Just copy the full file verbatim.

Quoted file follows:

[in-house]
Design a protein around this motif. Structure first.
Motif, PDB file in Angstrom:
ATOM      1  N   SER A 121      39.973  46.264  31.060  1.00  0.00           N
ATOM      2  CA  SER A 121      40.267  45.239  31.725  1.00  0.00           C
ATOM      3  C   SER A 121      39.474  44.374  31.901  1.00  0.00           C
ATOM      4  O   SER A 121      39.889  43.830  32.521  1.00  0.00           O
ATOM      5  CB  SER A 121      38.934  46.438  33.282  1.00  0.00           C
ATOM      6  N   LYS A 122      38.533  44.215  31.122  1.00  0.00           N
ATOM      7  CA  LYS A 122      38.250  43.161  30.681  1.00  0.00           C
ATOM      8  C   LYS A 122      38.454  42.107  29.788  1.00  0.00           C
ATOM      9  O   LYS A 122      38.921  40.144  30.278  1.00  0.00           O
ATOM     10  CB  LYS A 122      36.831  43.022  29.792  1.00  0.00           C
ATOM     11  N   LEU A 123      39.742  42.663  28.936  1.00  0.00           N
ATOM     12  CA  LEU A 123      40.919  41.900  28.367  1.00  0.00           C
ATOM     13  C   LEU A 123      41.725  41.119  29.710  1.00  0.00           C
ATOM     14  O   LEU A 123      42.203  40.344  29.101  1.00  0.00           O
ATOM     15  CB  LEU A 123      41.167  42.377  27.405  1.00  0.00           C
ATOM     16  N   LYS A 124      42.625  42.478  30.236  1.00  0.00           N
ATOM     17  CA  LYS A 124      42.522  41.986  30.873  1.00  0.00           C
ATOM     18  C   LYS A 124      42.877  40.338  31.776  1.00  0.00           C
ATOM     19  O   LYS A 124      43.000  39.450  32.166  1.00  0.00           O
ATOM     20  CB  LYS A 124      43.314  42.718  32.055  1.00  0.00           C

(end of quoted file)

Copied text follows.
[in-house]
Design a protein around this motif. Structure first.
Motif, PDB file in Angstrom:
ATOM      1  N   SER A 121      39.973  46.264  31.060  1.00  0.00           N
ATOM      2  CA  SER A 121      40.267  45.239  31.725  1.00  0.00           C
ATOM      3  C   SER A 121      39.474  44.374  31.901  1.00  0.00           C
ATOM      4  O   SER A 121      39.889  43.830  32.521  1.00  0.00           O
ATOM      5  CB  SER A 121      38.934  46.438  33.282  1.00  0.00           C
ATOM      6  N   LYS A 122      38.533  44.215  31.122  1.00  0.00           N
ATOM      7  CA  LYS A 122      38.250  43.161  30.681  1.00  0.00           C
ATOM      8  C   LYS A 122      38.454  42.107  29.788  1.00  0.00           C
ATOM      9  O   LYS A 122      38.921  40.144  30.278  1.00  0.00           O
ATOM     10  CB  LYS A 122      36.831  43.022  29.792  1.00  0.00           C
ATOM     11  N   LEU A 123      39.742  42.663  28.936  1.00  0.00           N
ATOM     12  CA  LEU A 123      40.919  41.900  28.367  1.00  0.00           C
ATOM     13  C   LEU A 123      41.725  41.119  29.710  1.00  0.00           C
ATOM     14  O   LEU A 123      42.203  40.344  29.101  1.00  0.00           O
ATOM     15  CB  LEU A 123      41.167  42.377  27.405  1.00  0.00           C
ATOM     16  N   LYS A 124      42.625  42.478  30.236  1.00  0.00           N
ATOM     17  CA  LYS A 124      42.522  41.986  30.873  1.00  0.00           C
ATOM     18  C   LYS A 124      42.877  40.338  31.776  1.00  0.00           C
ATOM     19  O   LYS A 124      43.000  39.450  32.166  1.00  0.00           O
ATOM     20  CB  LYS A 124      43.314  42.718  32.055  1.00  0.00           C